China's most important love comedy, Wang Shifu's Xixiangji, or The Story of the Western Wing, is a rollicking play that chronicles the adventures of the star-crossed lovers Oriole and Student Zhang. Since its appearance in the thirteenth century, it has enjoyed unparalleled popularity. The play has given rise to innumerable sequels, parodies, and rewritings; it has influenced countless later plays, short stories, and novels and has played a crucial role in the development of drama criticism. This translation of the full and complete text of the earliest extant version is available in paperback for the first time. The editors' introduction will inform students of Chinese cultural and literary traditions.
The actual beginnings of astrology are unknown and unknowable. The science emerges already highly refined from the utter obscurity of the pre-historic world. The ends of astrology are also unknown. There is already evidence that the perfection of this science will elevate man to an intellectual and social condition far beyond the limitations of our present consciousness. -from "Astrology's Place in the Modern World" In this concise book, one of the preeminent metaphysicists of the 20th century gives us an extraordinarily informative and entertaining survey of the astrological disciplines and beliefs of the ancient Chinese, Tibetans, HIndus, Greeks, Romans, Aztecs, and Arabians. Then, his discussions of astrology as science, religion, and philosophy bring this paranormal system into the contemporary world, and he explains how, in his estimation, that the heavenly bodies, acting as the "foci of intellectual energy," dramatically sway the course of civilization itself. A classic of supernatural spirituality is a must-read for those fascinated by the influence of paranormal belief in the 20th century. American mystic MANLY PALMER HALL (1901-1990) founded the Philosophical Research Society in 1934. He is also the author of The Lost Keys of Freemasonry, The Ways of the Lonely Ones, and The Secret Teachings of All Ages.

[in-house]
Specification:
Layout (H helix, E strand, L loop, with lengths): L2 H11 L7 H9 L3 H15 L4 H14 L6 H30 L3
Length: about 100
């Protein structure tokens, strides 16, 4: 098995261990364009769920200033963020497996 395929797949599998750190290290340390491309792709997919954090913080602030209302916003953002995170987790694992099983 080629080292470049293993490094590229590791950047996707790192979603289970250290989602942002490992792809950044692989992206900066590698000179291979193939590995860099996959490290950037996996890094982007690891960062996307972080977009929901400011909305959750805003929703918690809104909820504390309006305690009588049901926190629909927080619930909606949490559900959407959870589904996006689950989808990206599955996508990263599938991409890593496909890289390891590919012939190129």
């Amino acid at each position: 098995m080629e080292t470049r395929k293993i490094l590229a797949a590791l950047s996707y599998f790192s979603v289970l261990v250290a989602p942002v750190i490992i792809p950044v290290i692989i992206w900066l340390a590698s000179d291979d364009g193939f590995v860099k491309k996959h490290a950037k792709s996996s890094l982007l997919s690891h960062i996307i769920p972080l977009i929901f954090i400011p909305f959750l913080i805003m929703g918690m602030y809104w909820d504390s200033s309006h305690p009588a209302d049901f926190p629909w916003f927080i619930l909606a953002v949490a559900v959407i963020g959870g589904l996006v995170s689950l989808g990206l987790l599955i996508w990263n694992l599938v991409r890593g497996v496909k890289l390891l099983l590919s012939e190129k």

Study of voyage narratives, including Cook and Bligh, set in the context of British imperialism.
Scot McKnight offers an accessible introduction to the life and work of Jesus. He begins by offering helpful background information on the reliability of the Gospels, the religious setting of Jesus' life, the heart of Jesus' teaching, and a summation of what kind of person Jesus was. The book then gives a continuous narrative account of the life and words of Jesus, woven together from the four canonical Gospels. This lets the story of the Christ speak for itself in the events of Jesus' birth and early years, his baptism and early ministry, the Sermon on the Mount, his healings and teachings, the road to Jerusalem, the way to the cross, and his passion and resurrection. - Publisher.